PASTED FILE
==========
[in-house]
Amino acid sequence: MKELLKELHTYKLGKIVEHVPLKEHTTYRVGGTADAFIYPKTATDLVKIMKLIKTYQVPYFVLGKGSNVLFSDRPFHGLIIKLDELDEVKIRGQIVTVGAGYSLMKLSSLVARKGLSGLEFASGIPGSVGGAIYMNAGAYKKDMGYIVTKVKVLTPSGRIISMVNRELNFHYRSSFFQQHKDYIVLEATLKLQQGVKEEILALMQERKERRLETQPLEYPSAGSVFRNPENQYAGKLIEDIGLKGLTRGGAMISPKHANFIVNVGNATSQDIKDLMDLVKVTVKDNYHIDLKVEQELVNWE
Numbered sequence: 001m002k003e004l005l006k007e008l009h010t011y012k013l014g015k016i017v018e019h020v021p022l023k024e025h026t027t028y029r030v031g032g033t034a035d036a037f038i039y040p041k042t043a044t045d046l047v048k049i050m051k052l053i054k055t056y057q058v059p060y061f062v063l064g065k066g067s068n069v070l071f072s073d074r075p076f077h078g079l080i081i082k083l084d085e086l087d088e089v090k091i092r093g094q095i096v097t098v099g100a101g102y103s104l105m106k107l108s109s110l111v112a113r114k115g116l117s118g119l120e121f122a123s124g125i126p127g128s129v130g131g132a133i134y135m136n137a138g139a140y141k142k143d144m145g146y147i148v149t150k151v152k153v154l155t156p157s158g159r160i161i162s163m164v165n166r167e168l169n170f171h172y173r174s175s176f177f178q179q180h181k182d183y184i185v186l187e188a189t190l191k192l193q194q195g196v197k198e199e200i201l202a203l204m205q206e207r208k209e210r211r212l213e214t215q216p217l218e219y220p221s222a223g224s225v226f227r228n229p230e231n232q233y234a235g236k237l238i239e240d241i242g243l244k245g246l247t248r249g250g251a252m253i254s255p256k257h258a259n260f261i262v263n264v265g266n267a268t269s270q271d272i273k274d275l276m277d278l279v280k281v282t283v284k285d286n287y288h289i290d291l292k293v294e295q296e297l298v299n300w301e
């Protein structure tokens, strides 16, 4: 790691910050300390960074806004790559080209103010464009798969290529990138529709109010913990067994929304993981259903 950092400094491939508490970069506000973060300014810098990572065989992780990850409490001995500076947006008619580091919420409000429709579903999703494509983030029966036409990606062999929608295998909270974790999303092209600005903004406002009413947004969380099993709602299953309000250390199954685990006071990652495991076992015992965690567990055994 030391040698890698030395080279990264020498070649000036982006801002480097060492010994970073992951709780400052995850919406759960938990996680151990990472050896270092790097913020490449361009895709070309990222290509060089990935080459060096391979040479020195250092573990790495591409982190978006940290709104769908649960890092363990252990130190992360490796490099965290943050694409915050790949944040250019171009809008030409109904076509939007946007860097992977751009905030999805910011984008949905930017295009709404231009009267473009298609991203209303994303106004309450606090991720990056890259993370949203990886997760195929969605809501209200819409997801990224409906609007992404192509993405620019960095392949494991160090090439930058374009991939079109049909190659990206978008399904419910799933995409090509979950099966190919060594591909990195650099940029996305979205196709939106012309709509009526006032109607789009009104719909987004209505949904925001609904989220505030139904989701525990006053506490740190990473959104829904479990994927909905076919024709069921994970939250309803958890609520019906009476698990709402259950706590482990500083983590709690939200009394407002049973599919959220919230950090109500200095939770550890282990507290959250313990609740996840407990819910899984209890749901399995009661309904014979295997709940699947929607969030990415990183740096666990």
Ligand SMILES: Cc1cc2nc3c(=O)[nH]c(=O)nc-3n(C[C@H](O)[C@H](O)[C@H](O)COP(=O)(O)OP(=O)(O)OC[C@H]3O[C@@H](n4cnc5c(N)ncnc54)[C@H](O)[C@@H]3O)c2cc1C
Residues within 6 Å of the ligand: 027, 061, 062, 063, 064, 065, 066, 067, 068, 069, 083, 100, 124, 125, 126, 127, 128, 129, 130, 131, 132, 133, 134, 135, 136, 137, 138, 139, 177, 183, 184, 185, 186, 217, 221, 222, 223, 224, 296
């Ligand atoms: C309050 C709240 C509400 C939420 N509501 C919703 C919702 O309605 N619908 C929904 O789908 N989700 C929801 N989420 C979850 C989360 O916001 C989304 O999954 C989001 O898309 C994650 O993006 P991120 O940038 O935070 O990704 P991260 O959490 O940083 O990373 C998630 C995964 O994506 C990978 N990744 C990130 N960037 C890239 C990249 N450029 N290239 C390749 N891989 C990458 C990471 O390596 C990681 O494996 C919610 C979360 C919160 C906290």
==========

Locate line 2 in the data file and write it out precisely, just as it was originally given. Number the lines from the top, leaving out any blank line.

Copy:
Amino acid sequence: MKELLKELHTYKLGKIVEHVPLKEHTTYRVGGTADAFIYPKTATDLVKIMKLIKTYQVPYFVLGKGSNVLFSDRPFHGLIIKLDELDEVKIRGQIVTVGAGYSLMKLSSLVARKGLSGLEFASGIPGSVGGAIYMNAGAYKKDMGYIVTKVKVLTPSGRIISMVNRELNFHYRSSFFQQHKDYIVLEATLKLQQGVKEEILALMQERKERRLETQPLEYPSAGSVFRNPENQYAGKLIEDIGLKGLTRGGAMISPKHANFIVNVGNATSQDIKDLMDLVKVTVKDNYHIDLKVEQELVNWE